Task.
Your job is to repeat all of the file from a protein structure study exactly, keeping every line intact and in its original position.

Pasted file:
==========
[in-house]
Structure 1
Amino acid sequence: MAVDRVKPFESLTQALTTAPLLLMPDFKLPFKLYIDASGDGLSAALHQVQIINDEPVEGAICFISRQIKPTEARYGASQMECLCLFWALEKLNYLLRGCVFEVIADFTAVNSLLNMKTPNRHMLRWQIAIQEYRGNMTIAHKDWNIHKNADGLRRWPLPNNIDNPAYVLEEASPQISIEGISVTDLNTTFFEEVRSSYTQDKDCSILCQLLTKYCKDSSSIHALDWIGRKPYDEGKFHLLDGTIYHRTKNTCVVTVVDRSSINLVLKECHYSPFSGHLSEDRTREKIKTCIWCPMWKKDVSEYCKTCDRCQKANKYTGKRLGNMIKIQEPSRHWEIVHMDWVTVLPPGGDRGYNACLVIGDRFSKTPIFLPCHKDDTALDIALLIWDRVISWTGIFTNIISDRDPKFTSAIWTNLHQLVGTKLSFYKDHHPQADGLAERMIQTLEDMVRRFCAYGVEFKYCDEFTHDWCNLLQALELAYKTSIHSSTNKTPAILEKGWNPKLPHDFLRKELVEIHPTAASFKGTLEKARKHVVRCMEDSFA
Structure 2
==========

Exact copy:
[in-house]
Structure 1
Amino acid sequence: MAVDRVKPFESLTQALTTAPLLLMPDFKLPFKLYIDASGDGLSAALHQVQIINDEPVEGAICFISRQIKPTEARYGASQMECLCLFWALEKLNYLLRGCVFEVIADFTAVNSLLNMKTPNRHMLRWQIAIQEYRGNMTIAHKDWNIHKNADGLRRWPLPNNIDNPAYVLEEASPQISIEGISVTDLNTTFFEEVRSSYTQDKDCSILCQLLTKYCKDSSSIHALDWIGRKPYDEGKFHLLDGTIYHRTKNTCVVTVVDRSSINLVLKECHYSPFSGHLSEDRTREKIKTCIWCPMWKKDVSEYCKTCDRCQKANKYTGKRLGNMIKIQEPSRHWEIVHMDWVTVLPPGGDRGYNACLVIGDRFSKTPIFLPCHKDDTALDIALLIWDRVISWTGIFTNIISDRDPKFTSAIWTNLHQLVGTKLSFYKDHHPQADGLAERMIQTLEDMVRRFCAYGVEFKYCDEFTHDWCNLLQALELAYKTSIHSSTNKTPAILEKGWNPKLPHDFLRKELVEIHPTAASFKGTLEKARKHVVRCMEDSFA
Structure 2